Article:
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Asian Giant Hornet Larvae A Dangerous Delicacy In Asia

Asian Giant Hornets spanning 1.8 inches long armed with 1/4 inch stingers can inject large amounts of venom into its victims. Local villagers brave the dangers to harvest Asian giant hornet nests for their larvae. Hornet larvae are a delicacy in Asia.

Local villagers, donned only in thin protective clothing and armed with sticks, go into a Vietnam forest to dig out a huge Asian giant hornet nest. Hornet hunters use sticks with flat heads to whack or beat the hornets. The nests are extracted from the ground for their larvae which are sold in Asian food markets and served up as local delicacies.



Asian Giant Hornets Formidable Predators

The Asian giant hornet, also known as the yak-killer hornet, is the largest hornet species in the world. It is native to tropical and temperate low mountains and forests in Eastern Asia. The Asian giant hornet nests are created in the ground by digging or using existing rodent tunnels. This species eats other insects, honey, or tree sap. Being the largest species of hornet in the world, its body is 1.8 inches long, its wingspan is around 3.0 inches, and it has a stinger that is 0.24 inches long.

The Asian giant hornet protects itself in a few ways. It has a stinger that is 0.24 inches long, and when threatened, it can inject a potent venom causing extensive damage to tissue. Multiple stings from Asian giant hornets can be lethal to humans. Persons allergic to the venom are at a greater risk of death from their stings.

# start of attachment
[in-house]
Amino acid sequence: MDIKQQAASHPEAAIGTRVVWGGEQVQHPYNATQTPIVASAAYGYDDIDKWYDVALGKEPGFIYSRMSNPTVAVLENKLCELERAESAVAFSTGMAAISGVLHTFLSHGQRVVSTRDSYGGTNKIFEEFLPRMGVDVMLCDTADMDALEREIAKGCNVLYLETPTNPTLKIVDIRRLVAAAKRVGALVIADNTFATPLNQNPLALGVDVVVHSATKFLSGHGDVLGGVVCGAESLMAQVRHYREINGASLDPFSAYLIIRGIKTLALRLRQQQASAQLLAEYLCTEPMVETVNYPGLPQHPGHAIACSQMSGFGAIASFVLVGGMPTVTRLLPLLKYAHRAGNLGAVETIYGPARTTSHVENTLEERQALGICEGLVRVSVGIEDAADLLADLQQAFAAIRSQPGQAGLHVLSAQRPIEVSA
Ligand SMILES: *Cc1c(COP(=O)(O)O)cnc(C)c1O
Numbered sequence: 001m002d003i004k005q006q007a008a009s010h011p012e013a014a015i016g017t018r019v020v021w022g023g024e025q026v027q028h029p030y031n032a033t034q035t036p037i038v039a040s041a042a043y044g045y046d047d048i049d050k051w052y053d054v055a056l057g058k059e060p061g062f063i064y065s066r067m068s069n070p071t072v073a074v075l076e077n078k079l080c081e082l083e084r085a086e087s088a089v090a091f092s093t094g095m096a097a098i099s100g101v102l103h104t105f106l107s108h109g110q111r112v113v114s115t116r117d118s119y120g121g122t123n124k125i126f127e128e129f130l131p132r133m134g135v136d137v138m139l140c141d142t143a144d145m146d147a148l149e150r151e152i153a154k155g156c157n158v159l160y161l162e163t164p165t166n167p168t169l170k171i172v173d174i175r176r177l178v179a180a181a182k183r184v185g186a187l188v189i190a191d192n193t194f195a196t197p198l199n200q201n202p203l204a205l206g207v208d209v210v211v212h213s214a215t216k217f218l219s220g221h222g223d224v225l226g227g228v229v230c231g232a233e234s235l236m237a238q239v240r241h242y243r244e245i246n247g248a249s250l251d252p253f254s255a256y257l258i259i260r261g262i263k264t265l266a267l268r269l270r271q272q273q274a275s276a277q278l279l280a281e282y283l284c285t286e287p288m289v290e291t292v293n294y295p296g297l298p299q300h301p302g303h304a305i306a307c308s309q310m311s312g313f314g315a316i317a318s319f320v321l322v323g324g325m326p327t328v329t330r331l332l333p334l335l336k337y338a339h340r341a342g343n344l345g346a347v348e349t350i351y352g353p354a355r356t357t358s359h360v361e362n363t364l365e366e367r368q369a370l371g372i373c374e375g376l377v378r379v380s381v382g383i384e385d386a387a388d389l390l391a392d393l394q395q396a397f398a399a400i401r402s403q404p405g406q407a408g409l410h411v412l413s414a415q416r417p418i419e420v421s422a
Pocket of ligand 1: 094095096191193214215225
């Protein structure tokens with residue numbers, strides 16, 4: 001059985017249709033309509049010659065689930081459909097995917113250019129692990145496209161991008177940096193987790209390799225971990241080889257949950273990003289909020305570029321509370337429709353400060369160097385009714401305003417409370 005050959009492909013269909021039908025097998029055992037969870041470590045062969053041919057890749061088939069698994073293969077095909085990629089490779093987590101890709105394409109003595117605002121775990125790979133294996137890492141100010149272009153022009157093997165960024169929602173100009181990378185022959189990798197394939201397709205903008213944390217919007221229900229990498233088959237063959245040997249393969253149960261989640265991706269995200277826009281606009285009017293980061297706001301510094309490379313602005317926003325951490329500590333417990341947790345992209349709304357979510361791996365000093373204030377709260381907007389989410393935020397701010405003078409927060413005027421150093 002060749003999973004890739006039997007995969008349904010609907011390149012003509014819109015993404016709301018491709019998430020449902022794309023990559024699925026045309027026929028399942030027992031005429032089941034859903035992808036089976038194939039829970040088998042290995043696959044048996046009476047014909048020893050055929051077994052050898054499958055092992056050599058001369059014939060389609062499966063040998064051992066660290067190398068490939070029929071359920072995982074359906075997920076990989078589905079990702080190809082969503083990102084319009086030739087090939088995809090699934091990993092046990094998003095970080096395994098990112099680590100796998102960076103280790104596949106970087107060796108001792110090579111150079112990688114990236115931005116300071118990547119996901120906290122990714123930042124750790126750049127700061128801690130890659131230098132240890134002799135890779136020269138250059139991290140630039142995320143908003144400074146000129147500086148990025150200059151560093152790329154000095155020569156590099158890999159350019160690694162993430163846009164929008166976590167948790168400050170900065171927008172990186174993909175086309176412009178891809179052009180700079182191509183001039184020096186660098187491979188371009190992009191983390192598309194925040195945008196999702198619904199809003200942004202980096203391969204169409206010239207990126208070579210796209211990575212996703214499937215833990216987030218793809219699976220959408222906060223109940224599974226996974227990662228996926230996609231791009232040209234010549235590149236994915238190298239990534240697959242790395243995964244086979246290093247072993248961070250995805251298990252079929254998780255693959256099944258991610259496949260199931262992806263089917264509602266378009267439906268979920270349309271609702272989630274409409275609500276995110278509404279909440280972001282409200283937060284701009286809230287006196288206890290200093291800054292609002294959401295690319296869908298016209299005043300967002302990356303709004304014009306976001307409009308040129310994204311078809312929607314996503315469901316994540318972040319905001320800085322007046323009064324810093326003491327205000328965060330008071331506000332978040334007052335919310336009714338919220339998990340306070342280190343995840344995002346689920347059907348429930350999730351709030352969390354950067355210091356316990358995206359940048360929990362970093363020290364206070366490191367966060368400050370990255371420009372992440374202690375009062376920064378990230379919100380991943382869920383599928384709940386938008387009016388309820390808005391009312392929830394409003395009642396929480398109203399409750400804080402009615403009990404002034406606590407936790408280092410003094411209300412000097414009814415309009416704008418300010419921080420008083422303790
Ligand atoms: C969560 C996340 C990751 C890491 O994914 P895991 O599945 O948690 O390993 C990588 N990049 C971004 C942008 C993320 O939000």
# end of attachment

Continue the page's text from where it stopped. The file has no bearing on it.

In China, victims stung more than 10 times require medical attention, and those stung more than 30 times are advised to seek emergency medical treatment, as stings from Asian giant hornets can cause kidney failure. Victims have gone into anaphylactic shock or cardiac arrest after being stung multiples times.

The Asian giant hornet hunts prey such as large insects, bees and other hornets by attacking a colony or hive to capture and consume the adults, pupae, and larvae inside. Their large mandibles cause great damage when used to strike, chew, and decapitate their prey. A single Asian giant hornet can kill as many as 40 bees in a single minute. Adult hornets drink the juices of their prey and chew their victims into a paste for their larvae to consume.

Despite being such a formidable predator, Asian giant hornet nests are highly sought after.

The Asian Giant Hornet Larvae Delicious Delicacy

Asian giant hornet nests are harvested in Vietnam and other Asian countries for their larvae. In Japan, Asian giant hornet larvae are prized delicacies and are expertly cooked and served in Japanese restaurants for the larvae connoisseur.



Japanese Bees Attack an Asian Giant Hornet

Humans are not the only ones cooking up the Asian giant hornet. Unlike the western honeybee, which is completely defenseless against the Asian giant hornet, Japanese bees have developed a defense mechanism to trap and kill any Asian giant hornet scouts that wonder near their hive. When an Asian giant hornet scout is spotted near the Japanese bees' hive, an opening is left unprotected to lure the hornet inside. Once the Asian giant hornet enters the bee hive, a swarm of bees completely cover it. The bees flap and vibrate their wings to raise their temperature and to increase CO2 levels. This rise in temperature and CO2 levels effectively cook the Asian giant hornet to death.

Watch this video as a swarm of Japanese bees cook an Asian giant hornet using their ingenious defense mechanism known as the 'hot defensive bee ball'.






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